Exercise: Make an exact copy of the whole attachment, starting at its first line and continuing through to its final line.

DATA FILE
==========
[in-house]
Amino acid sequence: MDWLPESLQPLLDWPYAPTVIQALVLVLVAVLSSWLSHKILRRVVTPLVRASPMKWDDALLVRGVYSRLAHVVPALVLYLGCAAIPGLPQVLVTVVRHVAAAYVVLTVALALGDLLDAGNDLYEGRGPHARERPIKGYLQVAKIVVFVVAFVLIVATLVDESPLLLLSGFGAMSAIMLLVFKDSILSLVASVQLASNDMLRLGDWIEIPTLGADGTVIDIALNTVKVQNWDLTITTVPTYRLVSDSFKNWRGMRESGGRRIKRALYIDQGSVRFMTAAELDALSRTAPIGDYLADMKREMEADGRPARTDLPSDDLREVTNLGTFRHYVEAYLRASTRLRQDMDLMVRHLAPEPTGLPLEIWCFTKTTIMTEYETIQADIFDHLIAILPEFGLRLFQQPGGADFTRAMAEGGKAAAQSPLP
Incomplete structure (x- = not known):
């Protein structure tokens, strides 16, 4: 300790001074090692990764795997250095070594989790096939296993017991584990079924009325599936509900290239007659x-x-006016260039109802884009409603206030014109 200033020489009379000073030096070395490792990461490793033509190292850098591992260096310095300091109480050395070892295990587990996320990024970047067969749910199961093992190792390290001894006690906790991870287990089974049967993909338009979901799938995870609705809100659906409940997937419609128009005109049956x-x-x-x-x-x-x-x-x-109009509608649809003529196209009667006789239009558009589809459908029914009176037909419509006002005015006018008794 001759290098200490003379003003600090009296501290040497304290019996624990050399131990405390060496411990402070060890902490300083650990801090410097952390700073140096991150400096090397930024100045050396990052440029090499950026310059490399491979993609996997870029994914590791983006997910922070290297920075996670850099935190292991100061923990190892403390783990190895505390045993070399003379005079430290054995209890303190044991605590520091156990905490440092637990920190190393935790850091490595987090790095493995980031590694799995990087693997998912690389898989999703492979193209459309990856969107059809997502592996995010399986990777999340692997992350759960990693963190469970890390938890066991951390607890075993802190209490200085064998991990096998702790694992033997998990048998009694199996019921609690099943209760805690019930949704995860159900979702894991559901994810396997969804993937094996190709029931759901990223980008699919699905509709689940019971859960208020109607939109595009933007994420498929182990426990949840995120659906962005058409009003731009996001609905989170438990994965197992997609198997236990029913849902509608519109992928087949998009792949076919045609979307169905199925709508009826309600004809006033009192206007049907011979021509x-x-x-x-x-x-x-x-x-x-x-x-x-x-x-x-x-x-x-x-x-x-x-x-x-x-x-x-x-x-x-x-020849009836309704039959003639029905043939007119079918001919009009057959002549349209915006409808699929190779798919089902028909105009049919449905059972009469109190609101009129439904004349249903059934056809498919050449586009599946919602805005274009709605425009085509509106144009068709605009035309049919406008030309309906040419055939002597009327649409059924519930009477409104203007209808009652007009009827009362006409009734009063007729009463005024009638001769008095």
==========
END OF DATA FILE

[in-house]
Amino acid sequence: MDWLPESLQPLLDWPYAPTVIQALVLVLVAVLSSWLSHKILRRVVTPLVRASPMKWDDALLVRGVYSRLAHVVPALVLYLGCAAIPGLPQVLVTVVRHVAAAYVVLTVALALGDLLDAGNDLYEGRGPHARERPIKGYLQVAKIVVFVVAFVLIVATLVDESPLLLLSGFGAMSAIMLLVFKDSILSLVASVQLASNDMLRLGDWIEIPTLGADGTVIDIALNTVKVQNWDLTITTVPTYRLVSDSFKNWRGMRESGGRRIKRALYIDQGSVRFMTAAELDALSRTAPIGDYLADMKREMEADGRPARTDLPSDDLREVTNLGTFRHYVEAYLRASTRLRQDMDLMVRHLAPEPTGLPLEIWCFTKTTIMTEYETIQADIFDHLIAILPEFGLRLFQQPGGADFTRAMAEGGKAAAQSPLP
Incomplete structure (x- = not known):
């Protein structure tokens, strides 16, 4: 300790001074090692990764795997250095070594989790096939296993017991584990079924009325599936509900290239007659x-x-006016260039109802884009409603206030014109 200033020489009379000073030096070395490792990461490793033509190292850098591992260096310095300091109480050395070892295990587990996320990024970047067969749910199961093992190792390290001894006690906790991870287990089974049967993909338009979901799938995870609705809100659906409940997937419609128009005109049956x-x-x-x-x-x-x-x-x-109009509608649809003529196209009667006789239009558009589809459908029914009176037909419509006002005015006018008794 001759290098200490003379003003600090009296501290040497304290019996624990050399131990405390060496411990402070060890902490300083650990801090410097952390700073140096991150400096090397930024100045050396990052440029090499950026310059490399491979993609996997870029994914590791983006997910922070290297920075996670850099935190292991100061923990190892403390783990190895505390045993070399003379005079430290054995209890303190044991605590520091156990905490440092637990920190190393935790850091490595987090790095493995980031590694799995990087693997998912690389898989999703492979193209459309990856969107059809997502592996995010399986990777999340692997992350759960990693963190469970890390938890066991951390607890075993802190209490200085064998991990096998702790694992033997998990048998009694199996019921609690099943209760805690019930949704995860159900979702894991559901994810396997969804993937094996190709029931759901990223980008699919699905509709689940019971859960208020109607939109595009933007994420498929182990426990949840995120659906962005058409009003731009996001609905989170438990994965197992997609198997236990029913849902509608519109992928087949998009792949076919045609979307169905199925709508009826309600004809006033009192206007049907011979021509x-x-x-x-x-x-x-x-x-x-x-x-x-x-x-x-x-x-x-x-x-x-x-x-x-x-x-x-x-x-x-x-020849009836309704039959003639029905043939007119079918001919009009057959002549349209915006409808699929190779798919089902028909105009049919449905059972009469109190609101009129439904004349249903059934056809498919050449586009599946919602805005274009709605425009085509509106144009068709605009035309049919406008030309309906040419055939002597009327649409059924519930009477409104203007209808009652007009009827009362006409009734009063007729009463005024009638001769008095």